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December 19, 2018 December 19, 2018

Running for office a public service

Posted on October 3, 2017 by Lethbridge Sun Times

The race has officially begun.
With the passing of the Sept. 18 Nomination Day deadline for candidates to file for the upcoming municipal election, the campaign will begin in earnest. And there are lots of candidates for voters to consider.
Twenty-nine candidates have thrown their hats into the ring to seek a seat on Lethbridge City Council. That matches the number of council candidates in the 2013 election. The difference this time is there are eight women in the running, an increase from five in the previous campaign. Seven of the eight incumbents are vying for re-election, with only Bridget Mearns opting to not run again.
In the race for mayor, Chris Spearman is seeking a second term in the top job, and the addition of two late contenders — Martin Heavy Head and Robert (Bob) Janzen — ensures Spearman will have some competition.
Add to that the candidates running for school board positions, in addition to the municipal elections taking place in communities across the region, and it amounts to a long list of citizens who will be participating in the democratic process toward potentially serving in public office.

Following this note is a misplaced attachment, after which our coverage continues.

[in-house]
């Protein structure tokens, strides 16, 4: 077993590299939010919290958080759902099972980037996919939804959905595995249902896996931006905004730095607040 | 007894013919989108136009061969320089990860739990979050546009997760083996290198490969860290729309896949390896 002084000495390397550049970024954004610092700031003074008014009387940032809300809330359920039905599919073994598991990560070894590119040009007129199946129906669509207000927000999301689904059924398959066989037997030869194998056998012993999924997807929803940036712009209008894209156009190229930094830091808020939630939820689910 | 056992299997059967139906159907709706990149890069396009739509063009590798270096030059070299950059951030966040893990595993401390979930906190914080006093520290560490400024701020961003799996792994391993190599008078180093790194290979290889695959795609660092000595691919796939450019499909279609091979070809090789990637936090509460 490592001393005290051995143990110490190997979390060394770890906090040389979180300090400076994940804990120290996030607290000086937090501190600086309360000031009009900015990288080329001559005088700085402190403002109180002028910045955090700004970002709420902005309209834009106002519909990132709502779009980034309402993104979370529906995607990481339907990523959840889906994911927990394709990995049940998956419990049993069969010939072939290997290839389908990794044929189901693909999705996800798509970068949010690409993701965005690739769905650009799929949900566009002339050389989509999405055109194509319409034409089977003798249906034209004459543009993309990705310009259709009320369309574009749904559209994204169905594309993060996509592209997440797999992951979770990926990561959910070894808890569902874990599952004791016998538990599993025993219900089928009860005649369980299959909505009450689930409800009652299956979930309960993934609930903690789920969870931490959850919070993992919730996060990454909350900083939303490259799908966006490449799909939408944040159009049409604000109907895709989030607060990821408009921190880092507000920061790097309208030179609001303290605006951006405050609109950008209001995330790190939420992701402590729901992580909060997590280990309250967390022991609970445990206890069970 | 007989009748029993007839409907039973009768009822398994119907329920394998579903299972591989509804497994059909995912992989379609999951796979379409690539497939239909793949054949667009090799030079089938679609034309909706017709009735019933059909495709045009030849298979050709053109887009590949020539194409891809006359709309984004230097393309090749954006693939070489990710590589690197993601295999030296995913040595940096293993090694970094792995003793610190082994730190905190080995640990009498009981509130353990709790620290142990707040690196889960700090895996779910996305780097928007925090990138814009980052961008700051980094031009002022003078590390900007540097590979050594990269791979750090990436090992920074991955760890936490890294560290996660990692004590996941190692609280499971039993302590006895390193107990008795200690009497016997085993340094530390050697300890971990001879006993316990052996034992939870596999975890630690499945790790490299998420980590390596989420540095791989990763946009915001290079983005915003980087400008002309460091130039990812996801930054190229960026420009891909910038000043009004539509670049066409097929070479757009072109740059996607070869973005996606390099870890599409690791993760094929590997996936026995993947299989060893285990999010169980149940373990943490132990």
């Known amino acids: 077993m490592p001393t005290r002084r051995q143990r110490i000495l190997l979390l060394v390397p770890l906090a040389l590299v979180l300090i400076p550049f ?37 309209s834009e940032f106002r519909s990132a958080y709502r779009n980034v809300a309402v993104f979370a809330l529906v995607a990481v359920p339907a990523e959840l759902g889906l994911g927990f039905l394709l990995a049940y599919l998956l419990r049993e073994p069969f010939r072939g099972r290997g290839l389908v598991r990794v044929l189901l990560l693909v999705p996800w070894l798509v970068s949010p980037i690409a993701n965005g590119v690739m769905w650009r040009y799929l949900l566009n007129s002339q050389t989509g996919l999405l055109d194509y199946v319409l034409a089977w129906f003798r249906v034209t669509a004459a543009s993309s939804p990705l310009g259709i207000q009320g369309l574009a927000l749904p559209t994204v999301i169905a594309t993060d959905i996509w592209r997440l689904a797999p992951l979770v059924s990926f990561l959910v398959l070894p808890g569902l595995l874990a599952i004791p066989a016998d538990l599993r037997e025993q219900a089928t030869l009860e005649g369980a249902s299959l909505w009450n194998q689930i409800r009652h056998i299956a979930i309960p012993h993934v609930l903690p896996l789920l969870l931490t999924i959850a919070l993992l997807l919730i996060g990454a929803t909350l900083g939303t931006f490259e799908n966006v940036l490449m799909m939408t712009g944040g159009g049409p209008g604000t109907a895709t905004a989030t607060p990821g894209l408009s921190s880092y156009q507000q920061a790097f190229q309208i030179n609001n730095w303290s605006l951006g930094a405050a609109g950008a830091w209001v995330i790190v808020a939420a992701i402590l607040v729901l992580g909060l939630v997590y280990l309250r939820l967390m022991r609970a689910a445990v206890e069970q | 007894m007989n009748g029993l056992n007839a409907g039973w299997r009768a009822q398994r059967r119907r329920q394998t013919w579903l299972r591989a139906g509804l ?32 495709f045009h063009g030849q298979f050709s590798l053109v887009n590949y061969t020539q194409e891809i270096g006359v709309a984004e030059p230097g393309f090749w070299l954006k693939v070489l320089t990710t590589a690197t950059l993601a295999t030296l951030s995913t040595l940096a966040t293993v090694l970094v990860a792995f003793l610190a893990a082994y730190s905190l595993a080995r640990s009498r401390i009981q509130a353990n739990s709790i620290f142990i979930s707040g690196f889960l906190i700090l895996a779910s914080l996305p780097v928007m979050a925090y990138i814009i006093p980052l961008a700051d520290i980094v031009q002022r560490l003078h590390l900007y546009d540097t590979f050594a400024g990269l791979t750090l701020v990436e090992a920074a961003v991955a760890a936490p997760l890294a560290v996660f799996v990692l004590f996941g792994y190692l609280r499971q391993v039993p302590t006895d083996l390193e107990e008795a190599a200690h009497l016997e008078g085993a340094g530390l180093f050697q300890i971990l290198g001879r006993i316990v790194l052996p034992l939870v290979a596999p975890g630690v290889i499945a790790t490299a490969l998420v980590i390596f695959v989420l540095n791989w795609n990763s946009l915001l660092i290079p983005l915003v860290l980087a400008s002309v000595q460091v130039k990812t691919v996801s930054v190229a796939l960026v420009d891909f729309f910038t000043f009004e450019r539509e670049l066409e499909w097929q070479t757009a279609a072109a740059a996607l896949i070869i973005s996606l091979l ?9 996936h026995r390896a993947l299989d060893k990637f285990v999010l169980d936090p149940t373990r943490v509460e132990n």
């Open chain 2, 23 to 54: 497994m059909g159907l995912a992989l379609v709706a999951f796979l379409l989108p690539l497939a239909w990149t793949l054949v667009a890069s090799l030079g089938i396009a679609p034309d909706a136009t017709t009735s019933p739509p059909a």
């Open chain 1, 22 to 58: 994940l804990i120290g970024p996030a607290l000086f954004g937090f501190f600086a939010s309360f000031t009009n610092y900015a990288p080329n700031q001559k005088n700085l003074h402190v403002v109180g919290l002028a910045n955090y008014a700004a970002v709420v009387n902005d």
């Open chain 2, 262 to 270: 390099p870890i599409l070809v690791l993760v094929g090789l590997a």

Franklin Knight Lane, an American politician who served as the U.S. Secretary of the Interior from 1913 to 1920, once noted, “A public office is not a job, it is an opportunity to do something for the public.”
Cynics might suggest those who seek political jobs are actually looking to do something for themselves, but holding public office — especially at the municipal level — isn’t all fun and games. Laurence J. Peter, a Canadian-born educator and the creator of the “Peter Principle,” was likely on the money with his assessment when he called democracy “a process by which the people are free to choose the man who will get the blame.”
Those who serve on city council or town council are easily accessible targets for the criticism of people in the community who disagree with council decisions. In any community, there’s a wide range of views about what local political leaders should do or should have done, but councils can’t please everyone. Their job is to analyze the information and make the best decisions they can in the best interests of the community at large.
It’s much easier to take potshots from the sidelines than to step forward from the crowd and willingly assume the role of target. Citizens who file nomination papers are showing courage in putting themselves on the firing line to seek public office. It’s not a job for which everyone is suited, and it’s a job many of us wouldn’t want. Even those candidates who don’t wind up winning are playing an important role in the democratic process. They help to raise issues of public concern and spur discussion on those issues. In doing so, they help make their community a better place.
All those candidates who have volunteered to run for major, councillor or school trustee are performing a valuable community service, and they are deserving of our thanks and appreciation.

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